Ford says Flat Rock Assembly Plant is 'likely source' of gasoline leak
Flat Rock — Ford Motor Co.'s Flat Rock Assembly Plant is the likely source of vapors in the city's sanitary system that prompted state of emergency declarations, according to the Dearborn automaker and state environmental officials on Friday evening.
Bob Holycross, Ford's vice president of sustainability, environment and safety engineering, said the automaker on Wednesday discovered "what originally looked to be a relatively small leak in a pipe that carries gasoline used to fuel vehicles built at the plant." But on Friday, he said, the company "determined that the scale of the fuel leak was much larger, and that Ford is the likely source of the problem in Flat Rock, for which we apologize."
The Michigan Department of Environment, Great Lakes and Energy said in an email late Friday that an estimated 1,000 to 3,000 gallons of unleaded gasoline are estimated to have spilled into the sewer system.
Fumes were first were detected in the city five days ago, leading to an evacuation that grew by Friday to 10 homes and a charter school. It also set off emergency declarations by local officials and Gov. Gretchen Whitmer as well as a response by more than dozens of federal, state and local agencies.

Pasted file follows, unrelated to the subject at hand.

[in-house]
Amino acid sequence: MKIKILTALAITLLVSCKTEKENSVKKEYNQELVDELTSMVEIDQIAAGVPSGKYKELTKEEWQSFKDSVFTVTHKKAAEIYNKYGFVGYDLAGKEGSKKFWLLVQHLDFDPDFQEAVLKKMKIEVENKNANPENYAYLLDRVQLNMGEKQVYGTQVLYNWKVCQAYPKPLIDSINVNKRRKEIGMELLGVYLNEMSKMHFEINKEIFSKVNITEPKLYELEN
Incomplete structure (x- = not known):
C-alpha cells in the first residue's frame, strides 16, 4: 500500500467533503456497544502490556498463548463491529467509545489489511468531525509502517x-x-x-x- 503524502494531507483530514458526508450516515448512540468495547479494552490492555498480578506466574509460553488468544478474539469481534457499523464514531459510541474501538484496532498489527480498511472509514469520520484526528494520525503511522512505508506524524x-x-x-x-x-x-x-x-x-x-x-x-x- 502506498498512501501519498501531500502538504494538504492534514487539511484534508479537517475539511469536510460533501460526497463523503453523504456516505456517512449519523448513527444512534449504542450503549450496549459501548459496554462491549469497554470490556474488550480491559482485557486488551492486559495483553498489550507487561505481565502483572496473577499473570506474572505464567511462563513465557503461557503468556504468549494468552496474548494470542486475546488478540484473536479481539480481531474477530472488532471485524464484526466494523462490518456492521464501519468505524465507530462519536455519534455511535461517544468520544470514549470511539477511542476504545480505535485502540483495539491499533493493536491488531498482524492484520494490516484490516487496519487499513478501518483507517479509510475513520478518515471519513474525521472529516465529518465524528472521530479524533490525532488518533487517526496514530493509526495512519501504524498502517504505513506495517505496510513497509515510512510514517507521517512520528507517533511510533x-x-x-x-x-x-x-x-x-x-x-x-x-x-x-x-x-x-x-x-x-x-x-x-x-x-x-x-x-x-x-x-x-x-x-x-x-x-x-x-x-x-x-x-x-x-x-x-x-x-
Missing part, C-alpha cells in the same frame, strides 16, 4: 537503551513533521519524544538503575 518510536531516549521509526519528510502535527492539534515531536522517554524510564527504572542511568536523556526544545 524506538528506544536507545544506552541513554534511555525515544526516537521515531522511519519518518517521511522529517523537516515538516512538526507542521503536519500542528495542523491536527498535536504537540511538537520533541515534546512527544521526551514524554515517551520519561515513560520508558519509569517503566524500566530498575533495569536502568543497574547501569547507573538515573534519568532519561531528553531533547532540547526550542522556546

"High" levels of the industrial chemical benzene had been detected within a 4-square-mile perimeter including the areas south of Vreeland Road, east of Cahill Road, north of Woodruff Road and west of Interstate 75, EGLE spokeswoman Jill Greenberg said. Gasoline sold in the U.S. contains benzene, according to the Environmental Protection Agency.
As the company works to execute a "corrective plan," Holycross said, the plant — which builds Mustangs — will be shut down over the Labor Day weekend as previously planned. Ford said it also is in the process of isolating wastewater on its property from the city's system, assisting with cleanup efforts and "identifying people whose lives have been disrupted by this."
EGLE said in a Friday evening statement that the city of Flat Rock would use firefighting foam to "suppress" the vapors. The foam is "designed to bond with hydrocarbons" such as gasoline "to help break down the organic compounds." It will be applied inside sanitary sewers that were affected by the issue. The foam does not contain a group of chemicals known as PFAS.
Ford had taken measures, "including inserting plugs into the onsite sanitary sewer system to prevent it from entering the city's sanitary system" at the plant, which is located north of Gibraltar Road, Greenberg said.
Ford said that, upon discovering the leak on Wednesday, it shut down the fuel pipe, called in experts to remove gasoline from a containment tank and the primary storage tank, and notified officials. "We believed then that the leak was contained on our property," Holycross said.